JM and I headed out of state for a fun wedding the first weekend of October. During this car ride we had a lot of time to talk about many “what ifs” in the event the IUI worked and I’m pregnant. We didn’t want to keep our hopes up too high, but it was inevitable. We were bound to talk about our future with this hypothetical IUI baby. We figured out that the timing couldn’t be more perfect and we were so excited at the thought of announcing a pregnancy to our family and friends either on Thanksgiving or at our annual Friendsgiving. For those of you who don’t know us personally, JM and I met at my annual Friendsgiving 2 years before we started dating and he also proposed at my annual Friendsigiving in front of 60 of our closest family and friends. For a moment I was convinced this was God’s plan and he wanted us to be able to celebrate and announce the news on our most favorite day of the year.

Since the out-of-state wedding was a very casual southern wedding and I knew the bride and groom had stocked the open bar with beer and wine. I decided to bring a bottle of non-alcoholic wine with me to disguise the possibility of me being prego. Genius, I know. After the ceremony, JM went out to the car and put the bottle of wine in his suit jacket. He handed the bottle to the bartender and asked her to only serve me that bottle. Our plan worked like a charm. No one questioned me, and I was seen “drinking” with my college girls the entire night.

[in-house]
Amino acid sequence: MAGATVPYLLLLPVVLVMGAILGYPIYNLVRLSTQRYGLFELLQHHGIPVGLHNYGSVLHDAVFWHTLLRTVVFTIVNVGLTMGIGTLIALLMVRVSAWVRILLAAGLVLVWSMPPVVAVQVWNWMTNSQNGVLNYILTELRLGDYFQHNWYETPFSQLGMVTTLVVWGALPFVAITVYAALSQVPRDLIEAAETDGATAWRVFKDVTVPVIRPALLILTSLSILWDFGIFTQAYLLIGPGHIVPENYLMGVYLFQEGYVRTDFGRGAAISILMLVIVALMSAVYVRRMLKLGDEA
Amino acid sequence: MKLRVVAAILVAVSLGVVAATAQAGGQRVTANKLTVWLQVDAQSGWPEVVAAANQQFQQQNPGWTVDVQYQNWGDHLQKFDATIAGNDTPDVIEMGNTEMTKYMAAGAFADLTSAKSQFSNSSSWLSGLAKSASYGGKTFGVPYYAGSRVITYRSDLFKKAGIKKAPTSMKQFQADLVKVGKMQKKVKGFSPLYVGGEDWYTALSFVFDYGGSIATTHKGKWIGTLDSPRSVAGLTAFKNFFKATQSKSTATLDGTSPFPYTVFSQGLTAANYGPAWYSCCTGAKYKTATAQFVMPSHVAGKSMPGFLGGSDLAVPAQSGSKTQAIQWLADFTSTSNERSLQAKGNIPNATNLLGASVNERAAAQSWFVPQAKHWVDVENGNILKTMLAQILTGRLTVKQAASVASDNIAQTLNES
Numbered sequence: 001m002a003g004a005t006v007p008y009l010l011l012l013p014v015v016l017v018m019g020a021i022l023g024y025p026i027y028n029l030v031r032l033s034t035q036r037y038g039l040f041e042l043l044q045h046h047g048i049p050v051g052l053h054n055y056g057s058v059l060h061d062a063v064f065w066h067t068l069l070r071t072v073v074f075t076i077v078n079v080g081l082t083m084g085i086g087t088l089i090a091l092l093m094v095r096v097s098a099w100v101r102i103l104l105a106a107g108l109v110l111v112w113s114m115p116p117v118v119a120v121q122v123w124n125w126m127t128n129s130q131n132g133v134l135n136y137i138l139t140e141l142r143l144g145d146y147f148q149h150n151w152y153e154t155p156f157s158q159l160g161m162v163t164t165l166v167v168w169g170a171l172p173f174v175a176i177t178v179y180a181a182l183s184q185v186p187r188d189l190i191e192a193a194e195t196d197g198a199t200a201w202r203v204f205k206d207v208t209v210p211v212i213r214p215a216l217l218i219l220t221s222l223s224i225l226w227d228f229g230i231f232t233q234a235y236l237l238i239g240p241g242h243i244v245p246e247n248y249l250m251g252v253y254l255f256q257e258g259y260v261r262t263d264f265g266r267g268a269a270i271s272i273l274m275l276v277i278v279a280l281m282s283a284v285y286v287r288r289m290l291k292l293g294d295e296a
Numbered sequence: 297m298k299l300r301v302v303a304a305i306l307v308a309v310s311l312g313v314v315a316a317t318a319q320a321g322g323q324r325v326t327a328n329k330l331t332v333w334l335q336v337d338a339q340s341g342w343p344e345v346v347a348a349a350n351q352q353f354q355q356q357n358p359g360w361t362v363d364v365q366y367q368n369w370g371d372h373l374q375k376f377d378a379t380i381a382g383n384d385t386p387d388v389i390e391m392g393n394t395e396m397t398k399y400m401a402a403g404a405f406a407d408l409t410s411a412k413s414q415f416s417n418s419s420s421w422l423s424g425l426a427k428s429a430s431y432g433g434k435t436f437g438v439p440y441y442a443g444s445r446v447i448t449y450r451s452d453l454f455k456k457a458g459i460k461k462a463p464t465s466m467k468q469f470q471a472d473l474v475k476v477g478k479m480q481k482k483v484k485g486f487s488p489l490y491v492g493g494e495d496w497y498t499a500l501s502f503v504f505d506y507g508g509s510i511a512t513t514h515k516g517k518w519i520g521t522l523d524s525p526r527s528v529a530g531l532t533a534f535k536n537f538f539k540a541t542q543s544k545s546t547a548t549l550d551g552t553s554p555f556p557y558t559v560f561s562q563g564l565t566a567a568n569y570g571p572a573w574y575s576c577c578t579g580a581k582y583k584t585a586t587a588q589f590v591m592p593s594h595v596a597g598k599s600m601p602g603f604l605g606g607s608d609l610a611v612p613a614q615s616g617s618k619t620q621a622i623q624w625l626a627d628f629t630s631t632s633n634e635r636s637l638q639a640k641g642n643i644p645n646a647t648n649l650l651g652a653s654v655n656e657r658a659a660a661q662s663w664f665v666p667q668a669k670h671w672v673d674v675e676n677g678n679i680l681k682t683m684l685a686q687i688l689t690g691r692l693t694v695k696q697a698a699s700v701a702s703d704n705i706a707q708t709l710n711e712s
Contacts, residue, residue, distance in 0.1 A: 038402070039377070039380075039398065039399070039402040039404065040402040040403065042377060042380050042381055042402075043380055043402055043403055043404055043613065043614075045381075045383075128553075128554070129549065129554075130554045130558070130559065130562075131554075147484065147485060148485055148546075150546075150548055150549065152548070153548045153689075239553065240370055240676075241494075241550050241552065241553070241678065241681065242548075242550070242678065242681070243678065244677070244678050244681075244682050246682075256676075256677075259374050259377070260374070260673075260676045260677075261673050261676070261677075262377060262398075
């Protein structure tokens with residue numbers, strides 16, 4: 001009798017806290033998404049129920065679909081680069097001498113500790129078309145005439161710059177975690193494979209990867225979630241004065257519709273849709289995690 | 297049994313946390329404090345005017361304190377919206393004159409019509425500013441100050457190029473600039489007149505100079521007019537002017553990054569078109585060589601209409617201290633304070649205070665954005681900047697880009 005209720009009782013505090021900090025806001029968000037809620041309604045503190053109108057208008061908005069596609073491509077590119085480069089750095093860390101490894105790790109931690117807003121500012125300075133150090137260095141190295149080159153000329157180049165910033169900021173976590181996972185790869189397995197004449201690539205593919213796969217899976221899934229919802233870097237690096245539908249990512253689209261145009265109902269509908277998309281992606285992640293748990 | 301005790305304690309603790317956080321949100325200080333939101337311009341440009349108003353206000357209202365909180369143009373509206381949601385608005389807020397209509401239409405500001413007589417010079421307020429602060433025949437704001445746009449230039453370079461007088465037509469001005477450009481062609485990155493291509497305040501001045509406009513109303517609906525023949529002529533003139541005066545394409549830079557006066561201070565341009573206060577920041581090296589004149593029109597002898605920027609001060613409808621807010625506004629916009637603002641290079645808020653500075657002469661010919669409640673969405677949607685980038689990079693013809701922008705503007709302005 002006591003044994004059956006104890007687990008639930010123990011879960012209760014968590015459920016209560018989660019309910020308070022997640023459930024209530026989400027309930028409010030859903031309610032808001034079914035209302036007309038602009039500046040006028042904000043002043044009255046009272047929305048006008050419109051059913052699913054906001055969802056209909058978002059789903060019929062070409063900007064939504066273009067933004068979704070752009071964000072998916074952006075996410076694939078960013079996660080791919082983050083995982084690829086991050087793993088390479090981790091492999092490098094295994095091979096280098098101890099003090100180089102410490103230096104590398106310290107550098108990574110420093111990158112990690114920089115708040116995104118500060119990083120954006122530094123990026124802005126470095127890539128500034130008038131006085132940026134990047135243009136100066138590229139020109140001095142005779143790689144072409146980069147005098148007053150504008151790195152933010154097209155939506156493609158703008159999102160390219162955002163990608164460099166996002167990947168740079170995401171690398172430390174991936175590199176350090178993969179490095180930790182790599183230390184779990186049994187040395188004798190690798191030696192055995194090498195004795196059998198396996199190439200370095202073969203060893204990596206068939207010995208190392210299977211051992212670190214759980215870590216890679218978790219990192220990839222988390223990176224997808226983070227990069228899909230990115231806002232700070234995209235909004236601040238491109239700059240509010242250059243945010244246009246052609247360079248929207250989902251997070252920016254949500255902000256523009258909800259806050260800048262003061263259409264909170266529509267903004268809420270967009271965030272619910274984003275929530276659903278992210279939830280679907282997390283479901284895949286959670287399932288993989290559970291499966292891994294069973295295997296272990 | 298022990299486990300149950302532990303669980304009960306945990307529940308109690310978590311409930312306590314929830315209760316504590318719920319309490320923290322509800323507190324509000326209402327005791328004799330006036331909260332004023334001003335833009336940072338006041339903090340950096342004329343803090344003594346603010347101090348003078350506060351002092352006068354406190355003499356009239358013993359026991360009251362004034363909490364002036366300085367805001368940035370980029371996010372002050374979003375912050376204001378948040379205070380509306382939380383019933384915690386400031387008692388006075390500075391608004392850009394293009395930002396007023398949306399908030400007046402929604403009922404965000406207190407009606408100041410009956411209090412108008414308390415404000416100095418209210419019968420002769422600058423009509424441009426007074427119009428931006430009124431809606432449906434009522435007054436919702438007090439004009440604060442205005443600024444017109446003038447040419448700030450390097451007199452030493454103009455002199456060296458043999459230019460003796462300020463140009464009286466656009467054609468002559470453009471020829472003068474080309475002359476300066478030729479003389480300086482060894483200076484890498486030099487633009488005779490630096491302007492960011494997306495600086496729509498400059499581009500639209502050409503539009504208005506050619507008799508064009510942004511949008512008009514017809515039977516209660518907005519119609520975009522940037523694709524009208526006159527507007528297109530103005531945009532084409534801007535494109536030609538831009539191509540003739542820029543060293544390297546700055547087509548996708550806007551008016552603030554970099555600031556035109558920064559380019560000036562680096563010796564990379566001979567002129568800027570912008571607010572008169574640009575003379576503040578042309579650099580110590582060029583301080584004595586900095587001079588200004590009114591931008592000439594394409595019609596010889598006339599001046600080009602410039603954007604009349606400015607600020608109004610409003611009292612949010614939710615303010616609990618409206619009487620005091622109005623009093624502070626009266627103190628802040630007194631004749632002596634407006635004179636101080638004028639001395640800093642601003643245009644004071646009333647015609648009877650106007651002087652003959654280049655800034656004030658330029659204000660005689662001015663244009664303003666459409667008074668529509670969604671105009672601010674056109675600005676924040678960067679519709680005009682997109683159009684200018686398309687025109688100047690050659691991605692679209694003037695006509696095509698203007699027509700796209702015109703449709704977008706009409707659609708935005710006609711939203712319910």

By the fifth day into my 2WW, I began to scrutinize and over-analyze every feeling. Even if it was something that happened every single day, suddenly I found myself asking if it’s pregnancy symptoms. It is a terrible mind game and complete torture. Once again, I began another round of obsessive Googling. Looking back, I now find my Googling humorous, but I’m certain many women can relate and have done the same. For your entertainment, below are some of the mind games I threw into Google:

  1. All of a sudden I noticed a funny smell. In fact, I smell everything. My sense of smell has taken over. I must be pregnant.
  2. OMG my stomach is grumbling. It’s bubbling. I must be pregnant.
  3. I feel cramps. Is that my period coming or is that a sign of implantation?
  4. I don’t have implantation spotting. Does this mean I’m not pregnant?
  5. How soon can I take a pregnancy test during my 2WW?
  6. I went to bed at 8PM. I’m tired. I must be pregnant.
  7. I went to bed two nights in a row at 8PM. I must be pregnant.

And the ridiculous list of questions goes on. Get my point?